Ways to Communicate Effectively with a Defensive Partner

Ways to Communicate Effectively with a Defensive Partner
After experiencing pain from a partner, it's essential to sit them down and have a reasonable conversation to prevent a repeat of the pain. 

However, reaching a favorable conclusion with them may be difficult if they are quick to react to your words. 

Thus, you should learn to communicate effectively with a defensive partner if you want your relationship to emerge blissfully after every argument.

You can implement effective communication with your partner by collaborating with them to find a solution to the issue. 

For example, if they hurt you by making decisions without you, you can go straight to proffering solutions that involve them including you in their decision-making process.

Similarly, you can also try accommodating their reaction and forgoing the matter. 

Although this strategy is not sustainable because it will lead to you building resentment toward them, you can use it as a short-term solution till you can use a more effective strategy.

And if the heat from their reaction is too much, you can simply stay away from them temporarily. 

This strategy shows that you are willing to stay away till the emotions are calm, and both of you can handle the conversation without many emotional outbursts.

You can consider these ways to learn how to communicate effectively with a defensive partner:

Marriages & Couples Therapists in Colorado

Heather Comensky, LPC

Heather Comensky, LPC

Aurora, Colorado
(720) 449-4121
Melanie Klinke, MA, MFTC, LPCC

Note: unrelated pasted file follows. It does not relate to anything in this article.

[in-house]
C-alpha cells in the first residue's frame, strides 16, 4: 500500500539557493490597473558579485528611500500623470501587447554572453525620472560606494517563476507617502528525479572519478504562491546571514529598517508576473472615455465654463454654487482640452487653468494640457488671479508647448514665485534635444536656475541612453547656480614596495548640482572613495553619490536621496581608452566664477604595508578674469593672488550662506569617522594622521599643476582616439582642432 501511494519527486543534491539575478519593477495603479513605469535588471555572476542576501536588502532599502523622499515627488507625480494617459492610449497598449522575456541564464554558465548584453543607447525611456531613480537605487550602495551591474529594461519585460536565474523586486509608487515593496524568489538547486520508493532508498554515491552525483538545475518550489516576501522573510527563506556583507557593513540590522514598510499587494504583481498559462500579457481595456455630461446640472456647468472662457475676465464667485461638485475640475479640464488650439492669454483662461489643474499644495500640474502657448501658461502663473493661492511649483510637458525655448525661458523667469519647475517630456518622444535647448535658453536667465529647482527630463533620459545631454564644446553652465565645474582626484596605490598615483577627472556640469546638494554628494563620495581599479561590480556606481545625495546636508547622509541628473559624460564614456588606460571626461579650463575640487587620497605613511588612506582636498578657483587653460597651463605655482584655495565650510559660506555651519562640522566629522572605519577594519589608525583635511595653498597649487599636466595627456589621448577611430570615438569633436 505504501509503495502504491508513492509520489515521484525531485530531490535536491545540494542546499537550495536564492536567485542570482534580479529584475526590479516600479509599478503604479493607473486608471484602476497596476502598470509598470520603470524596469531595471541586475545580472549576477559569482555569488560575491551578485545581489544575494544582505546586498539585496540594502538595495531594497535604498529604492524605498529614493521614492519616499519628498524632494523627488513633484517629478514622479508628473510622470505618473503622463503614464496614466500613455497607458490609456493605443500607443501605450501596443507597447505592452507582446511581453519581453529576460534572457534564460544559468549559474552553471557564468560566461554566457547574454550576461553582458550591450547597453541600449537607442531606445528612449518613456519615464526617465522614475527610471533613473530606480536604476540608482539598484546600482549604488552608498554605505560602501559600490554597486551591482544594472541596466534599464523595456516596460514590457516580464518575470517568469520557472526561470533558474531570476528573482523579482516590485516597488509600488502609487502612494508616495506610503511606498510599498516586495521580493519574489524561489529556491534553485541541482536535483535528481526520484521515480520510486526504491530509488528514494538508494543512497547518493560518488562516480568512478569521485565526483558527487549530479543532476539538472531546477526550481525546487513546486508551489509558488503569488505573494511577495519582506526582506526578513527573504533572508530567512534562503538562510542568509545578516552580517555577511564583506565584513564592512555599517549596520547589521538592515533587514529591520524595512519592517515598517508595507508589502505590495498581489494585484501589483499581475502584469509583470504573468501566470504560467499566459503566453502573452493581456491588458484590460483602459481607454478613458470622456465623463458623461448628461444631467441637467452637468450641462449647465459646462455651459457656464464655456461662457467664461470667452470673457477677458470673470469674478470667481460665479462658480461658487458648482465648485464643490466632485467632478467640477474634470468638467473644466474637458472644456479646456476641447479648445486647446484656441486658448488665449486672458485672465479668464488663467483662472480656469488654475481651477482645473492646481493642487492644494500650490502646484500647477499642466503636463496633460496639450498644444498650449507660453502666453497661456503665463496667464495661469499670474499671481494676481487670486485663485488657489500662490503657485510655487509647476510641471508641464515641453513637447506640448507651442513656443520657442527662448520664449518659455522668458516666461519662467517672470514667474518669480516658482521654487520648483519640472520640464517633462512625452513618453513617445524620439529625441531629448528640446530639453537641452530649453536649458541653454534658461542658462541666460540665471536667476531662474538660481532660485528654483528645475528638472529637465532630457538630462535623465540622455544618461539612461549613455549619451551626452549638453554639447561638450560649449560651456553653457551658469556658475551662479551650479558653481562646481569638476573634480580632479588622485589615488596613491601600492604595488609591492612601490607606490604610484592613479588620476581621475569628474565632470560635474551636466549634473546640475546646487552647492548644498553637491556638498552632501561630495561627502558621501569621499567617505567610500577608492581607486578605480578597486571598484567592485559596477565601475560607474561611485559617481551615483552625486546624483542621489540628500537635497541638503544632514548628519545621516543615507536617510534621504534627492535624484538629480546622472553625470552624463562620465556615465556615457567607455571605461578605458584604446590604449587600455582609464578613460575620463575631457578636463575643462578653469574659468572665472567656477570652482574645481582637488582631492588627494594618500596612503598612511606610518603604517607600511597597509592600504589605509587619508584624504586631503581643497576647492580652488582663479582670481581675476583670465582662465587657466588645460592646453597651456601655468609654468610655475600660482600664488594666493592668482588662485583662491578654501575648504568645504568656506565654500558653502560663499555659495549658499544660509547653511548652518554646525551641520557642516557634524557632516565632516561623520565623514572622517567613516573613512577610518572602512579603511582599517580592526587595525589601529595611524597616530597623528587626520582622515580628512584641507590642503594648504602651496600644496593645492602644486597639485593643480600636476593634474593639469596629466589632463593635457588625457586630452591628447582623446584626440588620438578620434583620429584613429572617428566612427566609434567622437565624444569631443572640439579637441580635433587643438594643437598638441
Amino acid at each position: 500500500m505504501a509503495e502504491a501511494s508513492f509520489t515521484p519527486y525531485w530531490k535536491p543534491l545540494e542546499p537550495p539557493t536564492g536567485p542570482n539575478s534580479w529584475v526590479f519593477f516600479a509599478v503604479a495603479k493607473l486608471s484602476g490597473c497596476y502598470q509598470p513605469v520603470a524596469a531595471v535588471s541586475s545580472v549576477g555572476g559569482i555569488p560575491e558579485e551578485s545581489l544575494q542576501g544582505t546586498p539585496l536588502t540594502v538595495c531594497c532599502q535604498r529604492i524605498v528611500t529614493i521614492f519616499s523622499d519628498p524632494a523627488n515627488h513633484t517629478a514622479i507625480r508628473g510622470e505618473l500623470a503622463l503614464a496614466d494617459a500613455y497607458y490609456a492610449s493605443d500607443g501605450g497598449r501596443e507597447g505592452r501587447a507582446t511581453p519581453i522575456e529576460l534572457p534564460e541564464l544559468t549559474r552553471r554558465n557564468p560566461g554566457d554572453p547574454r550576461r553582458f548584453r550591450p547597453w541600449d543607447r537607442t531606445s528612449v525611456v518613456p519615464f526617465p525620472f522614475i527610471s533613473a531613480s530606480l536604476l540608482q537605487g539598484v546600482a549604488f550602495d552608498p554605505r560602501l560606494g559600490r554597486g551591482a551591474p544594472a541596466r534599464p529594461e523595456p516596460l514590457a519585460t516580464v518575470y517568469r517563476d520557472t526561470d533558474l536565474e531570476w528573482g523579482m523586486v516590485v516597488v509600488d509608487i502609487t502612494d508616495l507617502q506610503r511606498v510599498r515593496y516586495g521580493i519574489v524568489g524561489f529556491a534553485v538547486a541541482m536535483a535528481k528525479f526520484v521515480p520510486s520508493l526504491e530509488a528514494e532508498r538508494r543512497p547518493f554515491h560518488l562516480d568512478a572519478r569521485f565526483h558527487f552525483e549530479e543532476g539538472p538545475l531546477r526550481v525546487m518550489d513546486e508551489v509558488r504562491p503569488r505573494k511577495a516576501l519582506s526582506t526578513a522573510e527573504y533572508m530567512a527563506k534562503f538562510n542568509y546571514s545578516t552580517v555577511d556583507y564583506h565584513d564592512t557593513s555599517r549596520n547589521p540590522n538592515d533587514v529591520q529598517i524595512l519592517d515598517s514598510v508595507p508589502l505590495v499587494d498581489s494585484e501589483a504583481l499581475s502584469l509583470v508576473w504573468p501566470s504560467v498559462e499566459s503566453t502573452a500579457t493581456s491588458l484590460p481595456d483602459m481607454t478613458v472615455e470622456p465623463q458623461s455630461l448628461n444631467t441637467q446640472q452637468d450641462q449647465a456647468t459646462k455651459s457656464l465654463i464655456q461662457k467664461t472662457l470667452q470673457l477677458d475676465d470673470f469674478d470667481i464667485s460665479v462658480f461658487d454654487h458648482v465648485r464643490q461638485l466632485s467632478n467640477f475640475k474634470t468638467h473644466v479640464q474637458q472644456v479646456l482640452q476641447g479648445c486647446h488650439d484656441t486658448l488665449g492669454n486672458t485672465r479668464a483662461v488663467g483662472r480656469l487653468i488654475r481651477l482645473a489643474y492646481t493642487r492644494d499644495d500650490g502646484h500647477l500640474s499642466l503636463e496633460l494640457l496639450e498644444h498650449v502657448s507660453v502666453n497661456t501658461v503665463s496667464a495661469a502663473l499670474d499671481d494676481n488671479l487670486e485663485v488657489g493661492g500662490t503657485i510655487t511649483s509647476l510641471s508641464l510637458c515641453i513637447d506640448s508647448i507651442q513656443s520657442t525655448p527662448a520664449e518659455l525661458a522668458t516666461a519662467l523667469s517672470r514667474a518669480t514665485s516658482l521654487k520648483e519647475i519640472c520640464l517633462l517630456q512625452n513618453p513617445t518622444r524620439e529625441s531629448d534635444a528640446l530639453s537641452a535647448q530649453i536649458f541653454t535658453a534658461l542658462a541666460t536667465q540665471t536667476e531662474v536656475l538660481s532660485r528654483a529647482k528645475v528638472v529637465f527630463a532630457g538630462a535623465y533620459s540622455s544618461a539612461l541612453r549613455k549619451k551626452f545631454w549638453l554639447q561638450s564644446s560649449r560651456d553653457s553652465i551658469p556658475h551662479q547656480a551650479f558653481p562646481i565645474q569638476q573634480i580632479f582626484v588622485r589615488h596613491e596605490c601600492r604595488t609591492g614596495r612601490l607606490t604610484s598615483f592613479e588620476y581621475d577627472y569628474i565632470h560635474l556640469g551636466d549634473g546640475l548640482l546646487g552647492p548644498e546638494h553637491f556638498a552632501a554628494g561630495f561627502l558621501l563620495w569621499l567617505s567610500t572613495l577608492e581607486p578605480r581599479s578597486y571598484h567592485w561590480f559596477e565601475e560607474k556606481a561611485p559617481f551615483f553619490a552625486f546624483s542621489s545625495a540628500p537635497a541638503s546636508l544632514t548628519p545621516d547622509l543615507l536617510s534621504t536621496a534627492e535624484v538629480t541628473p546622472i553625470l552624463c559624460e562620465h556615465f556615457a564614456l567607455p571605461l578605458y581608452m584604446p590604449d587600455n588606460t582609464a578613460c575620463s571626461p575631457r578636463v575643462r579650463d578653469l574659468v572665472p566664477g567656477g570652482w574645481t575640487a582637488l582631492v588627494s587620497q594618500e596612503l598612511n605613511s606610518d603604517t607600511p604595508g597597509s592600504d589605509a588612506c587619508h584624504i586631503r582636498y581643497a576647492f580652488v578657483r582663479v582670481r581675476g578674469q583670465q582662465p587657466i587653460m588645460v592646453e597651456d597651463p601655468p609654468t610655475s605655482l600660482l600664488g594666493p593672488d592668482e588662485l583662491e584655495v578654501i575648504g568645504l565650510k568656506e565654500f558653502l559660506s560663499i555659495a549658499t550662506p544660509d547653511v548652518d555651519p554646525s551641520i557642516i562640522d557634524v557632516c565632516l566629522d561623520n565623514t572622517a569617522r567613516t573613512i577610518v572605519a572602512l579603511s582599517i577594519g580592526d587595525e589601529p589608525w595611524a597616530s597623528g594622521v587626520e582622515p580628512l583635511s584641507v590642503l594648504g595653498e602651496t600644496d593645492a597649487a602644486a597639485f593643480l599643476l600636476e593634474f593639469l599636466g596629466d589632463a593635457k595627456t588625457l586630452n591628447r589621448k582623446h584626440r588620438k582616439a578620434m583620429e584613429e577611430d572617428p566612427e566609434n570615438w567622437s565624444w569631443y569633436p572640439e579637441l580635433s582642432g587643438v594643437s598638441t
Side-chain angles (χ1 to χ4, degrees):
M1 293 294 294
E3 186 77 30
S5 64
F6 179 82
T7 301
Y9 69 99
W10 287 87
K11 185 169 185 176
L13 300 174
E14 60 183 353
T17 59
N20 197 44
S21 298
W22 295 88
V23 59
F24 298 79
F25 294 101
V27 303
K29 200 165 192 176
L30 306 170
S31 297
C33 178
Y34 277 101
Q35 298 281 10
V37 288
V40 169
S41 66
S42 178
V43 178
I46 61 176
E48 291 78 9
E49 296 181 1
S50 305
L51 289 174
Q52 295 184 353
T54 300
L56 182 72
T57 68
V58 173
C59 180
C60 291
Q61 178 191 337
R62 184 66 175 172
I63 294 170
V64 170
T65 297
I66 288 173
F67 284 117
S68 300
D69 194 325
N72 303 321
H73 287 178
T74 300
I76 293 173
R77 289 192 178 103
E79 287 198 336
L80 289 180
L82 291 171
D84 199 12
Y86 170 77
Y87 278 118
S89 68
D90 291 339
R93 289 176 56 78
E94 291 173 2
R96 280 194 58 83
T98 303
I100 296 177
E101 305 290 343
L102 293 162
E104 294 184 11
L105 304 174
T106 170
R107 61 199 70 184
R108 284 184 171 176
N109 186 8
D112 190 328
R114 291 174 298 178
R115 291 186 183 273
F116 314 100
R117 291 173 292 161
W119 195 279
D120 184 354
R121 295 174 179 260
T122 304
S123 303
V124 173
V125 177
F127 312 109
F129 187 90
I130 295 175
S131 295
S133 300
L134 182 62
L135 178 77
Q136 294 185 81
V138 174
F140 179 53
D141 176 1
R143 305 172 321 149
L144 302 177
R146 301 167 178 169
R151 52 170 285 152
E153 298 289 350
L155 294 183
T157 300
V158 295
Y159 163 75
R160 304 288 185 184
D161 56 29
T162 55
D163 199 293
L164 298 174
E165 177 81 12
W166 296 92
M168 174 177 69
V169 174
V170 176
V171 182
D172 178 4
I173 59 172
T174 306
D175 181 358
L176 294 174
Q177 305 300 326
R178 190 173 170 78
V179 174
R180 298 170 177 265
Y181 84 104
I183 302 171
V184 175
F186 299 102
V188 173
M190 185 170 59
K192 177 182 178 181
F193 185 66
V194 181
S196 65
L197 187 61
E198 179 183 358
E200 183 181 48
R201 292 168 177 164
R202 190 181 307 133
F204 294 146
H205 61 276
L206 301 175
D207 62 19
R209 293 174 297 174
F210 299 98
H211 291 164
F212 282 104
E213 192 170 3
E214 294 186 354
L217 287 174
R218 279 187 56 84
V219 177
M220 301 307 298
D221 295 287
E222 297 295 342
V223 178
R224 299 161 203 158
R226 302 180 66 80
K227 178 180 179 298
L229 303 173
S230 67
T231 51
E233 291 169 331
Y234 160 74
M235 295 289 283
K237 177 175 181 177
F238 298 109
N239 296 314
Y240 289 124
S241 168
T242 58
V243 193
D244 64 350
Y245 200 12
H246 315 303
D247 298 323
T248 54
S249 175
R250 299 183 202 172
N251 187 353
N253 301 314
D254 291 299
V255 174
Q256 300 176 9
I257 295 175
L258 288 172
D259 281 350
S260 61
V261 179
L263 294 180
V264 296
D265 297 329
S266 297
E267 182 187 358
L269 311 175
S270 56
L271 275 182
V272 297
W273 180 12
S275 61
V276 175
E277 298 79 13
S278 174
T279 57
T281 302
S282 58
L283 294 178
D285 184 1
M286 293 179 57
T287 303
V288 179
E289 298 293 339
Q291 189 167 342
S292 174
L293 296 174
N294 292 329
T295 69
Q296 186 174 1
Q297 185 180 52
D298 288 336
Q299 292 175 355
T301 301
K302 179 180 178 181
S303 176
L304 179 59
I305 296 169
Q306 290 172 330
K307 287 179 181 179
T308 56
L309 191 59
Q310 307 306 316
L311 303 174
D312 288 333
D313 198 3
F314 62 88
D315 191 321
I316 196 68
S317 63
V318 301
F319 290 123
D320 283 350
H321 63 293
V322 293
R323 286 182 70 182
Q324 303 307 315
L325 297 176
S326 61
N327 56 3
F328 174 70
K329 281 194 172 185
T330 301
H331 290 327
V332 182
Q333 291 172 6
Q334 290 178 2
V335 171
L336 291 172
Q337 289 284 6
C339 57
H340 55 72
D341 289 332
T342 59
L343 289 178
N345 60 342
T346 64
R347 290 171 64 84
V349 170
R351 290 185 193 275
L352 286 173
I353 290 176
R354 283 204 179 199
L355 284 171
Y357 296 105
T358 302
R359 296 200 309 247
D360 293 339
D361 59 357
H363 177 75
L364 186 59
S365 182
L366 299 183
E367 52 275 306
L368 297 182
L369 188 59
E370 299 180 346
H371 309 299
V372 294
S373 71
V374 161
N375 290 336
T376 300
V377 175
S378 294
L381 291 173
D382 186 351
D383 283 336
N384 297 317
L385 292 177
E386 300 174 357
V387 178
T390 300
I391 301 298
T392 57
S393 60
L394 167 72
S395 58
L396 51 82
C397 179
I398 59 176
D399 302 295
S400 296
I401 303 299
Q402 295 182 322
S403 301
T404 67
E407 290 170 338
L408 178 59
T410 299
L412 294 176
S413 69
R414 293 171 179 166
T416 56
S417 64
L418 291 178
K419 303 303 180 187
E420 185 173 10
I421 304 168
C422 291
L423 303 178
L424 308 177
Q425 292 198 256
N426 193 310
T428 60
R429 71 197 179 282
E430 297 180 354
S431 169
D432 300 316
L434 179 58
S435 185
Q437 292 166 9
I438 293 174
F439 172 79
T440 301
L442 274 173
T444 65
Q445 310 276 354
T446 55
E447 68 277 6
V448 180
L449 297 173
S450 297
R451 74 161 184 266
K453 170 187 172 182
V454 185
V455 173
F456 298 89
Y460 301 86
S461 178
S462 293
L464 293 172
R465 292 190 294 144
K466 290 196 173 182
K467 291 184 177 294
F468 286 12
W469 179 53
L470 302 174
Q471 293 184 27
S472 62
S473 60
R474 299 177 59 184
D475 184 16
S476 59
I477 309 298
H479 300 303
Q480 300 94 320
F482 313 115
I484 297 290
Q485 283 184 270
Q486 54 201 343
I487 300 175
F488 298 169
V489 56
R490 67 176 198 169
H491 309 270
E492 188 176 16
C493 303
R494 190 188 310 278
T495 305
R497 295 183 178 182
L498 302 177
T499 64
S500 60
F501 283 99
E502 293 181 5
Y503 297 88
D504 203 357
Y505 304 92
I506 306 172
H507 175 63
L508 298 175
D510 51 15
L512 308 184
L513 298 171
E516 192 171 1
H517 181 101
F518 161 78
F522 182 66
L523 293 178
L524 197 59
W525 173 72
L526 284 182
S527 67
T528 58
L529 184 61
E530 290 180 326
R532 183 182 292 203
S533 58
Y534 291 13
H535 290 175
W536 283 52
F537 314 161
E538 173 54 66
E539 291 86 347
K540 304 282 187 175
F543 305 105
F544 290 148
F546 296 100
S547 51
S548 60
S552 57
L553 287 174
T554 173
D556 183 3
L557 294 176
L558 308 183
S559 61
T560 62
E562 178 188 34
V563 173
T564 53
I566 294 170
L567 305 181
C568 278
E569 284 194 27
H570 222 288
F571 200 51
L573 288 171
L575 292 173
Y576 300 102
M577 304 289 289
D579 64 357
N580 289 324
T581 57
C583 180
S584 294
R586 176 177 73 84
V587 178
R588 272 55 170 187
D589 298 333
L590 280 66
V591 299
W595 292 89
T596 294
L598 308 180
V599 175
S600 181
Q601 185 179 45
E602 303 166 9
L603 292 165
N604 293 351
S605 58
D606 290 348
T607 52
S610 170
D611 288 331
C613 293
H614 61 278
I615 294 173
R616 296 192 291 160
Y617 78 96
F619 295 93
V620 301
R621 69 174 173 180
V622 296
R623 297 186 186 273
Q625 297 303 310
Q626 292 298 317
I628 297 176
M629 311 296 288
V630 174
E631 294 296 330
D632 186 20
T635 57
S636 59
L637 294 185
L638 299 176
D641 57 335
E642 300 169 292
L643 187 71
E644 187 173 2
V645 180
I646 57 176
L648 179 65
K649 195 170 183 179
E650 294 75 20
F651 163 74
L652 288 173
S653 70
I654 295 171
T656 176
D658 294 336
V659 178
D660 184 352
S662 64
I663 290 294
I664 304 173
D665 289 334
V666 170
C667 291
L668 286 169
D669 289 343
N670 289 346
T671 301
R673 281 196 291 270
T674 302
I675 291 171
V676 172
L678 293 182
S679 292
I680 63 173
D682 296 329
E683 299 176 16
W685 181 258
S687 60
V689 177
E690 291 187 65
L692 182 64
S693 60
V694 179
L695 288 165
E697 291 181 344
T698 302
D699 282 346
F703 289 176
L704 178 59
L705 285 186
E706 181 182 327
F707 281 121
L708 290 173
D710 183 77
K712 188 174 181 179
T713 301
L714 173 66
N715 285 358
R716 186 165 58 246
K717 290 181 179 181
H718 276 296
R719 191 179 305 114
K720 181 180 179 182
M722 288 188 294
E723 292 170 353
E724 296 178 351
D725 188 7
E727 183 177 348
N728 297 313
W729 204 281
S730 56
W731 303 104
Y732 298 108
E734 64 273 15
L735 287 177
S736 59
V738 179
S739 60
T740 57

Melanie Klinke, MA, MFTC, LPCC

(719) 345-2424
Abigail Corless, LPCC

Abigail Corless, LPCC

(719) 345-2424
Hailey Gloden, MA, LPC, NCC

Hailey Gloden, MA, LPC, NCC

Colorado Springs, Colorado
Jennifer Luttman, LPC, ACS

Jennifer Luttman, LPC, ACS

(719) 345-2424
Katie (Kate) Castillo, MS, LPCC

Katie (Kate) Castillo, MS, LPCC

Colorado Springs, Colorado
(719) 345-2424
Olivia Woodring, LPCC, NCC

Olivia Woodring, LPCC, NCC

(719) 345-2424
Jessica Gutierrez-Gaytan, SWC

Jessica Gutierrez-Gaytan, SWC

(719) 345-2424
Randal Thomas, SWC

Randal Thomas, SWC

Colorado Springs, Colorado
(719) 602-1342
Donna Janiec, LPC, NCC

Donna Janiec, LPC, NCC

(719) 345-2424

Collaborate With Them 

As a resolution mechanism, collaboration among partners works when they come together to solve their issues and get a win/win outcome. 

It's essential to initiate this method if you want to communicate effectively with a defensive partner.

To effect the collaboration, you should talk about the problems with your partner in a neutral tone. 

Then, you should talk about your feelings concerning the issues without making accusations against them.

Once you have highlighted your feelings about the issue, you should also listen to their thoughts about the whole matter. 

From their opinions, you will be able to identify their needs and relate them with yours.